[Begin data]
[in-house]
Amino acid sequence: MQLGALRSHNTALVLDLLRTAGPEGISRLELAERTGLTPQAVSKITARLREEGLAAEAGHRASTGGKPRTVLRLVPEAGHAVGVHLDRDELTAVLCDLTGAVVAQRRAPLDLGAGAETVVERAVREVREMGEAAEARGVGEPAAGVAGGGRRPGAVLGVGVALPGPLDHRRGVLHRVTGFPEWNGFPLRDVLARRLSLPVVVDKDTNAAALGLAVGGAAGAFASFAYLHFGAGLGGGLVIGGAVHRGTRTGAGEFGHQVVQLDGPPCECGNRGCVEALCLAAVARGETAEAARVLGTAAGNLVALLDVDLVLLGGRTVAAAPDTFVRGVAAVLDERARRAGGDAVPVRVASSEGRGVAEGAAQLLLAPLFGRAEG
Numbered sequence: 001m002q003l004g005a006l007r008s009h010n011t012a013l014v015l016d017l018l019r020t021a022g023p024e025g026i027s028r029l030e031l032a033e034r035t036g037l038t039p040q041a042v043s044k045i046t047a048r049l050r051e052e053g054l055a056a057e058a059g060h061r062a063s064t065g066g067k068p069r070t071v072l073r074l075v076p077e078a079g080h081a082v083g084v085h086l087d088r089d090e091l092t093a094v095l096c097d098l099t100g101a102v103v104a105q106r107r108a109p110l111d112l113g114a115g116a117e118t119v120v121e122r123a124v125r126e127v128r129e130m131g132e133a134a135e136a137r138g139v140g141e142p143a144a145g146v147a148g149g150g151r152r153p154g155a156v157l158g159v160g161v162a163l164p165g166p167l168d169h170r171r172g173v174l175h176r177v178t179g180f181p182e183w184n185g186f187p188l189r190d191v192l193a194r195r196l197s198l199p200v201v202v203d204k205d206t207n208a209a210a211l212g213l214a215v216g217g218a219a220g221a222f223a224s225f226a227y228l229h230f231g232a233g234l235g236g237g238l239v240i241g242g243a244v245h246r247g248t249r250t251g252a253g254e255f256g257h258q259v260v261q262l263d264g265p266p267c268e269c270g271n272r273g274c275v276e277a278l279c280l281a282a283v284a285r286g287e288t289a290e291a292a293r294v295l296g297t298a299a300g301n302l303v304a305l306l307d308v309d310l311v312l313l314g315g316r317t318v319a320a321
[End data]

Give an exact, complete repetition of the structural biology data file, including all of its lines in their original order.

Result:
[in-house]
Amino acid sequence: MQLGALRSHNTALVLDLLRTAGPEGISRLELAERTGLTPQAVSKITARLREEGLAAEAGHRASTGGKPRTVLRLVPEAGHAVGVHLDRDELTAVLCDLTGAVVAQRRAPLDLGAGAETVVERAVREVREMGEAAEARGVGEPAAGVAGGGRRPGAVLGVGVALPGPLDHRRGVLHRVTGFPEWNGFPLRDVLARRLSLPVVVDKDTNAAALGLAVGGAAGAFASFAYLHFGAGLGGGLVIGGAVHRGTRTGAGEFGHQVVQLDGPPCECGNRGCVEALCLAAVARGETAEAARVLGTAAGNLVALLDVDLVLLGGRTVAAAPDTFVRGVAAVLDERARRAGGDAVPVRVASSEGRGVAEGAAQLLLAPLFGRAEG
Numbered sequence: 001m002q003l004g005a006l007r008s009h010n011t012a013l014v015l016d017l018l019r020t021a022g023p024e025g026i027s028r029l030e031l032a033e034r035t036g037l038t039p040q041a042v043s044k045i046t047a048r049l050r051e052e053g054l055a056a057e058a059g060h061r062a063s064t065g066g067k068p069r070t071v072l073r074l075v076p077e078a079g080h081a082v083g084v085h086l087d088r089d090e091l092t093a094v095l096c097d098l099t100g101a102v103v104a105q106r107r108a109p110l111d112l113g114a115g116a117e118t119v120v121e122r123a124v125r126e127v128r129e130m131g132e133a134a135e136a137r138g139v140g141e142p143a144a145g146v147a148g149g150g151r152r153p154g155a156v157l158g159v160g161v162a163l164p165g166p167l168d169h170r171r172g173v174l175h176r177v178t179g180f181p182e183w184n185g186f187p188l189r190d191v192l193a194r195r196l197s198l199p200v201v202v203d204k205d206t207n208a209a210a211l212g213l214a215v216g217g218a219a220g221a222f223a224s225f226a227y228l229h230f231g232a233g234l235g236g237g238l239v240i241g242g243a244v245h246r247g248t249r250t251g252a253g254e255f256g257h258q259v260v261q262l263d264g265p266p267c268e269c270g271n272r273g274c275v276e277a278l279c280l281a282a283v284a285r286g287e288t289a290e291a292a293r294v295l296g297t298a299a300g301n302l303v304a305l306l307d308v309d310l311v312l313l314g315g316r317t318v319a320a321